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If I hold shares of a stock on the ex div date, I get a dividend. But if instead I were to short-sell the stock and not buy it back before that date, would I then be responsible for paying the dividend?

  • If you don't short until the ex dividend date why would you owe anyone the equivalent of the dividend?v. Plus there is the issue of settlement time frame. For a long to own a stock to get the dividend you would have to purchase three days and I am assuming three business dayss prior to settlement. If you borrow is there any period of settlement? Wwhen you buy back the transaction wouldn't be settled. Money in the bank until three days later but the price point would be on the day you entered the transaction. I note most questions seem to be about shorting prior to ex dividend. Maybe thinking o – user36443 Feb 20 '16 at 16:22
  • Just monitor how the dividend yeild jumps around especially in volitile markets. Also the idea of being long to capture the dividend and short when historically a stock dips more than its dividend and there are many is Another way to go But the yield bounces around big time and if you don't think hf juice the yields. Think again – user36443 Feb 20 '16 at 16:26
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Yes, you would. You owe it to the person you borrowed the shares from.

(source)

  • but wouldn't the company itself pay you the dividend so you would just passing that dividend back to the owner? – Joe.E Jun 27 '11 at 23:14
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    @Joe E - No, because you don't own the stock. You've borrowed stock from Shareholder A and sold it to Shareholder B. The company pays Shareholder B, who has the shares. But Shareholder A ought to get the dividend too, and the company is not going to pay twice for the same shares; that's what led to my question. – Bruce Alderman Jun 28 '11 at 4:27
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    Ideally you would be compensated for paying this dividend by covering the stock at a lower price, since stocks loose value when a dividend is payed. It is possible to mess this up and cover at the pre-dividend price while still being liable for the dividend? i.e. some trader just walks away with your money. – AlanSE Jun 28 '11 at 18:23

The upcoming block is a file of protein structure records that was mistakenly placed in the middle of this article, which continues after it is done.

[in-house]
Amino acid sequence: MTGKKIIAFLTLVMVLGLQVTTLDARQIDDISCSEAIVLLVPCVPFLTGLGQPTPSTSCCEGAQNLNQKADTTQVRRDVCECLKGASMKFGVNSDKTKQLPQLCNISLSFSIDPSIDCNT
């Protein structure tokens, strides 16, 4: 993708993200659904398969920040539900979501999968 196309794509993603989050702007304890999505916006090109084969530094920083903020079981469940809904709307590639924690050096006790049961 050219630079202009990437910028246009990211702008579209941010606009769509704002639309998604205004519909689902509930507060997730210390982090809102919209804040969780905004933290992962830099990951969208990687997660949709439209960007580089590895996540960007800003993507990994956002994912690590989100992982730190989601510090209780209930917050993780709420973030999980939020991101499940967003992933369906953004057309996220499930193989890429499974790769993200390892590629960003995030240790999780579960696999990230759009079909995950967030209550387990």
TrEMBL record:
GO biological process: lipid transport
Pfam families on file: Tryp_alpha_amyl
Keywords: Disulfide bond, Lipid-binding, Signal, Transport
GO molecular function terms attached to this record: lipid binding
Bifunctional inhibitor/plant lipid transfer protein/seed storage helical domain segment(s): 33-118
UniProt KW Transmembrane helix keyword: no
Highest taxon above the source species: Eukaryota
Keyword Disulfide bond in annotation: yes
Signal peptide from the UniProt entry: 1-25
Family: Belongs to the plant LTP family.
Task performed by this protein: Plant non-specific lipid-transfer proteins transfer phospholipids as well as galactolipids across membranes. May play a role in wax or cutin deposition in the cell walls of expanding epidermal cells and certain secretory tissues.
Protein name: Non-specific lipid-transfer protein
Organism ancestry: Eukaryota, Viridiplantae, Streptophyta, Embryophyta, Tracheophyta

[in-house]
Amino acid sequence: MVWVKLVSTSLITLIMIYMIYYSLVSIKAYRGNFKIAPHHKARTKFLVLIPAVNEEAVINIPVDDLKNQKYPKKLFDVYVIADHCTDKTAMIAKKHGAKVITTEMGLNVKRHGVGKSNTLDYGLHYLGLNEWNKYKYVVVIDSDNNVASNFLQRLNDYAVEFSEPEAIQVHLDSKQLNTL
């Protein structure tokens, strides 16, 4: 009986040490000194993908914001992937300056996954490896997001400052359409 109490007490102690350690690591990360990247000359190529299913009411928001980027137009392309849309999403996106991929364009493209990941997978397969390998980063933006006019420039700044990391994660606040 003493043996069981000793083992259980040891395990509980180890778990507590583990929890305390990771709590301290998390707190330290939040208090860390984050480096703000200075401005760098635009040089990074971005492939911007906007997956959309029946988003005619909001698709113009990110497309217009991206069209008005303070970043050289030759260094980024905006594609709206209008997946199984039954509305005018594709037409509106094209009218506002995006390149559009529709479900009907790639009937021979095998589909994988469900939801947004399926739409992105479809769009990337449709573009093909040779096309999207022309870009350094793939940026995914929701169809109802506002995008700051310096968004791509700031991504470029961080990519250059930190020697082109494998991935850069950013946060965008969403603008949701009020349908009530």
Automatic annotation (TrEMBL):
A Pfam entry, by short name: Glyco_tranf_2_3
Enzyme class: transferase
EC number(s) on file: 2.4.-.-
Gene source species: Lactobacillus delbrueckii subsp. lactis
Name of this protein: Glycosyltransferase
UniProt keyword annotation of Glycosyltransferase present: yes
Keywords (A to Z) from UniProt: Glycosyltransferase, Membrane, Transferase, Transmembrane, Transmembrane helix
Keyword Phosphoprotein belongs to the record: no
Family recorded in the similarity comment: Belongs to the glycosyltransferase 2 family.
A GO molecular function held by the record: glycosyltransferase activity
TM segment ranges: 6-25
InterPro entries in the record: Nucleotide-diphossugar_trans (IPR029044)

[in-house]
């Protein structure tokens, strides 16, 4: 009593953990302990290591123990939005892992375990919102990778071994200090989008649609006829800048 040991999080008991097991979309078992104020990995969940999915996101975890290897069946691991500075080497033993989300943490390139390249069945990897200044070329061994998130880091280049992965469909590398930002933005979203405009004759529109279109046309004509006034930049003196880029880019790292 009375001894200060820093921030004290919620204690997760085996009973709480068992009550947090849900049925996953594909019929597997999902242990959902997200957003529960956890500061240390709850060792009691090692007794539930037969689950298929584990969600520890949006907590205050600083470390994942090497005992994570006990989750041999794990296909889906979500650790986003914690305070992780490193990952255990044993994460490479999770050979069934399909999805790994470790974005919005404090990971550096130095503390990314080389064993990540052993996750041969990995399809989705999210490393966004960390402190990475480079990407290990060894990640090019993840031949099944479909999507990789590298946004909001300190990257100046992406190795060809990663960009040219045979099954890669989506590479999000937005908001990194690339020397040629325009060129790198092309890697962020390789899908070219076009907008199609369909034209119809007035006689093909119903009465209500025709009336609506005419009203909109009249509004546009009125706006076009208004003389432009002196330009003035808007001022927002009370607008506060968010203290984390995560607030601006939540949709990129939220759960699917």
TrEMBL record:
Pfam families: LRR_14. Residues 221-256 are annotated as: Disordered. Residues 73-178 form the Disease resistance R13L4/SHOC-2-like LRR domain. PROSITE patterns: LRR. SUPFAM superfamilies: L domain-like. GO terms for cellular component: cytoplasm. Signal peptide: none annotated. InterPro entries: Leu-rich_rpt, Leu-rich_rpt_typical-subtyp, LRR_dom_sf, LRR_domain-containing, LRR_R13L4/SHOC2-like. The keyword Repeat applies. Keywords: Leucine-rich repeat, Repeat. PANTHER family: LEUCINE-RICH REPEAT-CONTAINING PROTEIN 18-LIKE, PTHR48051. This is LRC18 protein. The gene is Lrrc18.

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You could hold a long position in some company XXXX and then short your own shares (assuming your broker will let you do that). The dividend that would have gone to you would then go to whoever is holding the shares you short sold. You just don't get a dividend. If you're going to short in a smart way... do it on a stock you otherwise believe in, but use it to minimize the pull-backs on the way up.

  • 4
    That's not actually shorting at all, is it? It's just selling some of your stock. – RemcoGerlich May 13 '14 at 12:17
  • @RemcoGerlich I don't think that this answers the OP's question, but there is definitely a difference between selling your long position and simultaneously holding long and short positions in the same security. It's more subtle though and has nothing to do with dividends. – user32479 Nov 5 '15 at 20:54
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The answer provide by @mbhunter is correct, however there are contexts, shorting in spot market and carrying the position over settlement usually does not entail payment of dividend to the broker, one of the reason being post ex-date the price of the share downward adjusts to the extent of the dividend, so practically if you have shorted at 100 and post ex-date (assuming a dividend of 2 and no movement of the stock price), the price would slide to 98, the party who longed the stock @ 100 now is sitting on a price of 98 and received a dividend of 2 which equates to 100.

The above is also contextual to the law of the country governing the exchange and the security exchange board regulations.

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Well, if the short seller has to pay the dividend out of their pocket, what happens to the dividend the company paid out ?? Sounds like there are 2 divdends floating around, the short's, and the company's, but only 1 share of stock.

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    No, there is one dividend. The person who shorted the stock, borrowed the shares and sold them on the market and has to buy them back in a way such that the original owner doesn't notice them missing. Otherwise, why would anyone trust a broker who may lend out their assets without being compensated? – JB King Mar 7 '14 at 16:47
  • Just think it this way: The company pays a dividend to every issued share. If I borrow shares of someone and sell them, I haven't changed the total number of shares issued. Hence there is no 2 dividends. – hroptatyr Mar 12 '15 at 6:25

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